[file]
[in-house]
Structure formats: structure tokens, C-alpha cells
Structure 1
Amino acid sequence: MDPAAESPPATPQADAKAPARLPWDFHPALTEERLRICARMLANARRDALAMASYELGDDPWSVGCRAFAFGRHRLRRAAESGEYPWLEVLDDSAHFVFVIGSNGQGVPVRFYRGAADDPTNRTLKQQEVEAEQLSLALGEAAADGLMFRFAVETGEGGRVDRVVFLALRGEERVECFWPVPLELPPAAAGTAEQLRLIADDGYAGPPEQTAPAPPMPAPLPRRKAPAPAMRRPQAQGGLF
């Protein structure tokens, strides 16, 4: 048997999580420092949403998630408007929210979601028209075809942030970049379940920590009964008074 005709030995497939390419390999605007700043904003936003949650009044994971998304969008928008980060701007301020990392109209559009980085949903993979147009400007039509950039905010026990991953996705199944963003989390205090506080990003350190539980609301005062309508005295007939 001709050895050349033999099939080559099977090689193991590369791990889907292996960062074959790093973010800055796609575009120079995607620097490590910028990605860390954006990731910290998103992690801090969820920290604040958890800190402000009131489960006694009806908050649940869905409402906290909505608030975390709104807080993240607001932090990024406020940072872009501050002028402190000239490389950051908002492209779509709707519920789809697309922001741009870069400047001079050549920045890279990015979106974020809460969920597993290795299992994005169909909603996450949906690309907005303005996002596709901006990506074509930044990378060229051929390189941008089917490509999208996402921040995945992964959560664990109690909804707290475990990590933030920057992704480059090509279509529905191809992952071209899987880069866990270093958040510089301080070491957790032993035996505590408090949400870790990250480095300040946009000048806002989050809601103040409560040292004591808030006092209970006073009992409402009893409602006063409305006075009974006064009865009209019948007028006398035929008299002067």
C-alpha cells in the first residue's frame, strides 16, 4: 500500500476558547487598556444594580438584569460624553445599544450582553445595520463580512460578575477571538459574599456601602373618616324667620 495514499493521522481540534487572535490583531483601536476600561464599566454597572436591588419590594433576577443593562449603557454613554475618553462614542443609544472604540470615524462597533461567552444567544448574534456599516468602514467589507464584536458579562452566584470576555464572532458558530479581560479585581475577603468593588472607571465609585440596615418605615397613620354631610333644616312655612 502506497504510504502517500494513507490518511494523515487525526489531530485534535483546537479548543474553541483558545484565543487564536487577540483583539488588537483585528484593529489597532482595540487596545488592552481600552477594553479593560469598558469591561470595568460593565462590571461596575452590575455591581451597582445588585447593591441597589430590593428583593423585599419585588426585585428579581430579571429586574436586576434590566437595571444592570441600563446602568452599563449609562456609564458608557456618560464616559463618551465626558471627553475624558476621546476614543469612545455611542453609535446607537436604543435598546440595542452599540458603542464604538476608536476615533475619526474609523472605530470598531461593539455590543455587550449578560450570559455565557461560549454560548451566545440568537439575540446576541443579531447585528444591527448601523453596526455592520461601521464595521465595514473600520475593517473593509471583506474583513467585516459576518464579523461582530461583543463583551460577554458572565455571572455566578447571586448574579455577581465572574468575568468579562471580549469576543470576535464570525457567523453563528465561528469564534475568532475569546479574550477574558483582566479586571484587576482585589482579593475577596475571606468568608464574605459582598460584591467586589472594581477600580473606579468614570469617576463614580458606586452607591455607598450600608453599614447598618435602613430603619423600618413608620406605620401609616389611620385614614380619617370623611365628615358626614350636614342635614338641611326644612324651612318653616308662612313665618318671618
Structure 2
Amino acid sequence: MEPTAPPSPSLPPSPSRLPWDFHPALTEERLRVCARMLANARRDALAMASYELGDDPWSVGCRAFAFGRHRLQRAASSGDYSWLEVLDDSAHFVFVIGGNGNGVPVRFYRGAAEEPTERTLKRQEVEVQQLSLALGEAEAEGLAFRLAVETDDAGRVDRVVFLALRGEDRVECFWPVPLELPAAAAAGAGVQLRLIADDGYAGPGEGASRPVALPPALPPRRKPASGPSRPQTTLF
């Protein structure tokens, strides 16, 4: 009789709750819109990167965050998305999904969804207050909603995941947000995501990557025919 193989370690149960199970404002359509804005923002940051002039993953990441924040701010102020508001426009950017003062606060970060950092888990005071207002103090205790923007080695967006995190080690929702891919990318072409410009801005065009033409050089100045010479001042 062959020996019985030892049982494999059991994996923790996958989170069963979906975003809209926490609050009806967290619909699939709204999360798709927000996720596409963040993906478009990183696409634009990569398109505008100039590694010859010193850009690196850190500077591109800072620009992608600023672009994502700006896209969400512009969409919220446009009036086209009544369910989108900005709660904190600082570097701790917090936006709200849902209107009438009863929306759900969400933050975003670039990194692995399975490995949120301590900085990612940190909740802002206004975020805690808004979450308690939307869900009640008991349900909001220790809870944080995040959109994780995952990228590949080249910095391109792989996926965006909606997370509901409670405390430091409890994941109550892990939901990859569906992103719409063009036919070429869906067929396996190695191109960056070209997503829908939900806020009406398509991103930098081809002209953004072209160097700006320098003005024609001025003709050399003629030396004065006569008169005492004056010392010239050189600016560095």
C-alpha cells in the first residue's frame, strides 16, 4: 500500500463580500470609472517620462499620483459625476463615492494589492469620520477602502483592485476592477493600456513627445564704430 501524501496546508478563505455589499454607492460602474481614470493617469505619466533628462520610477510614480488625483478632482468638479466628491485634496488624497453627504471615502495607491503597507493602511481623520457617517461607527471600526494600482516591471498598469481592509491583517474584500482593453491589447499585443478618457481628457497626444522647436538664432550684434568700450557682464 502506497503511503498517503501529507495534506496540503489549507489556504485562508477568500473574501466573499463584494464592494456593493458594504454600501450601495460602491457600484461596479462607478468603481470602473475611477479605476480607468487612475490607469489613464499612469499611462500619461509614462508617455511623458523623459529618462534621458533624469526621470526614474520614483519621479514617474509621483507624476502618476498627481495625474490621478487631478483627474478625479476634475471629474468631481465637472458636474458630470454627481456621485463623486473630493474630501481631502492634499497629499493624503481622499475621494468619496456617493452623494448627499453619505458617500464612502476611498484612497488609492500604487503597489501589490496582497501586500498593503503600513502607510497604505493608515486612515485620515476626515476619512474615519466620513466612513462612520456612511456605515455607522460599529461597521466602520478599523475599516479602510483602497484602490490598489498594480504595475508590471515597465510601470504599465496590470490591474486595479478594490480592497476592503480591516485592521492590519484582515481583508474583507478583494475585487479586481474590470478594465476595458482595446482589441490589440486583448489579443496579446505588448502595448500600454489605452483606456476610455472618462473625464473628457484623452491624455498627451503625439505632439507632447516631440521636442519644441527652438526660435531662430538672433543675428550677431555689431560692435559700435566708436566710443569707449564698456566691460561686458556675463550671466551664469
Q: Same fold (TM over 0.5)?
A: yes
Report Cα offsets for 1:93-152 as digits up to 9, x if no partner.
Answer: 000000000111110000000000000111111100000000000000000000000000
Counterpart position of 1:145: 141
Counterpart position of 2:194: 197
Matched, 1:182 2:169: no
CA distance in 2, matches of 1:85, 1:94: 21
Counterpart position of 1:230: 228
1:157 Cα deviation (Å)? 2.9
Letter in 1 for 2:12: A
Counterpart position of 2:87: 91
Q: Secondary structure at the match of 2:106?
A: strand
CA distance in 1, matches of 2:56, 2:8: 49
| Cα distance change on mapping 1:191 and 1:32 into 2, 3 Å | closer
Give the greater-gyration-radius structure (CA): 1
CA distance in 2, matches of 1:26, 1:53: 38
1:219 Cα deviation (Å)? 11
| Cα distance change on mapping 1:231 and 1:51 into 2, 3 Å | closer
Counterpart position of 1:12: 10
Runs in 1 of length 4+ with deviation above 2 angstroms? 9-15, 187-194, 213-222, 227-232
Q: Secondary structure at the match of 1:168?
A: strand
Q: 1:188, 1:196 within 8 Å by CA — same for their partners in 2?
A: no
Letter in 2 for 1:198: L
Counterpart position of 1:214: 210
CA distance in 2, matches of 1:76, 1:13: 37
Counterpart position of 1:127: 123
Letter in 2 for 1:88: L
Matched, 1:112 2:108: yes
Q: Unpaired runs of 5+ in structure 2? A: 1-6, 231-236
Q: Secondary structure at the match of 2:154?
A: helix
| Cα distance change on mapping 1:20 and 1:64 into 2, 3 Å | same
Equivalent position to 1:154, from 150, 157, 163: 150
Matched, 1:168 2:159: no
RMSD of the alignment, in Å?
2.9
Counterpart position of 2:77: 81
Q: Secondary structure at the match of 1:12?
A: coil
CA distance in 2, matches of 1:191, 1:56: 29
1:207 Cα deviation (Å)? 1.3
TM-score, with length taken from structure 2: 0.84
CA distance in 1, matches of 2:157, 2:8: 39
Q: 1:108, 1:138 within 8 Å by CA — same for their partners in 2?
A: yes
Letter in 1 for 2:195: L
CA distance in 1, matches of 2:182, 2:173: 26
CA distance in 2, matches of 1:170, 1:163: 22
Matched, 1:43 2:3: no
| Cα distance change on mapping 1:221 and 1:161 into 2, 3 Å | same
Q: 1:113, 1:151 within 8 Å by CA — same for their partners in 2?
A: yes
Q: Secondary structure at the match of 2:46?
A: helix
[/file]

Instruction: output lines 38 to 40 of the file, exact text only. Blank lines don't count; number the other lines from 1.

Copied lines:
Counterpart position of 1:214: 210
CA distance in 2, matches of 1:76, 1:13: 37
Counterpart position of 1:127: 123